WATCH: The Integrated Road Safety Unit along with officers from various detachments are out to make sure people are getting the message – that distracted driving is not only unsafe, but very expensive. Monica Martinez has the story.
An officer spotted a distracted driver and called it in to his colleagues down the street. The infractions – driving without a seat belt and looking at a cell phone at the stop light.
The driver refuted the claim saying he wasn’t on his phone. Cst. Andy Dunstan handed over a ticket – the distracted driving fine alone is $368, but with the penalty points, first time offenders have to pay a minimum of $543.
“We don’t debate it at the road side. That is what the court is for and I trust my colleague on the evidence he passes to me to write a violation ticket,” said Dunstan.
For the past two days, officers from various departments, as well as the Integrated Road Safety Unit have been out on the streets looking for high-risk behaviour.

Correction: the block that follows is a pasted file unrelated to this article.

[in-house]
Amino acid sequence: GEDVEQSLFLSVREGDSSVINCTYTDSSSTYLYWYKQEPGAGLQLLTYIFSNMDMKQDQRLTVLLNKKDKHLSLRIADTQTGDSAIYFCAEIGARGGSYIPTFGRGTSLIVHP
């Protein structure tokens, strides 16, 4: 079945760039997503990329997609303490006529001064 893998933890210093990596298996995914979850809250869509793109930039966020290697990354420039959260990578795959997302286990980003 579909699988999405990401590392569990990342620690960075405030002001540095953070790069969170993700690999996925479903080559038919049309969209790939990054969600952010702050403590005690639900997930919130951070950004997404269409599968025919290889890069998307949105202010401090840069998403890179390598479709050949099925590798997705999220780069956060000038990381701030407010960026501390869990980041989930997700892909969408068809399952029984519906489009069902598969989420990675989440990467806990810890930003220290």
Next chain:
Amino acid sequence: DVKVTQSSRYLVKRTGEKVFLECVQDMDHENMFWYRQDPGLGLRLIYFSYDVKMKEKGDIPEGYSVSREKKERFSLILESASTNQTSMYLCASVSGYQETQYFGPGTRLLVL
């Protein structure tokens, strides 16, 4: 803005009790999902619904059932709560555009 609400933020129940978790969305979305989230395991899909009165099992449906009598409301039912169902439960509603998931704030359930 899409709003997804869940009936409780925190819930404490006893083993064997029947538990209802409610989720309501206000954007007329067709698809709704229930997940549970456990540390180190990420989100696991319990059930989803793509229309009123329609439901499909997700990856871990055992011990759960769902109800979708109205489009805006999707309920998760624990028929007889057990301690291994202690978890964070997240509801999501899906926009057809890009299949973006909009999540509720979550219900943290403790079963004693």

“As a unit we issued 40 violation tickets for distracted driving or using cell phones under the new fine amounts and Thursday we are up to a dozen at the moment,” he said.
They are reminding people that distracted driving is not only expensive, but dangerous. The latest numbers, from 2014, show 66 deaths and 630 serious injuries with distracted and inattentive driving as a contributing factor.
“We treat it as seriously as excessive speeding or driving without due care and attention. This is a big deal and we treat it accordingly,” said Victoria Police Sgt. Ron Cronk.
VicPD also had signs out telling people to put away their phones as they entered the Bay Street Bridge. On the other side, officers were waiting to hand out tickets, but it was quiet Thursday morning.
“So far just dealt with a seat belt infraction and a few vehicle defects but it really is slow moving and everybody is complying,” Cronk said.
Higher fines and more penalty points are the new reality for B.C. drivers, in a push to reduce deaths on our roads.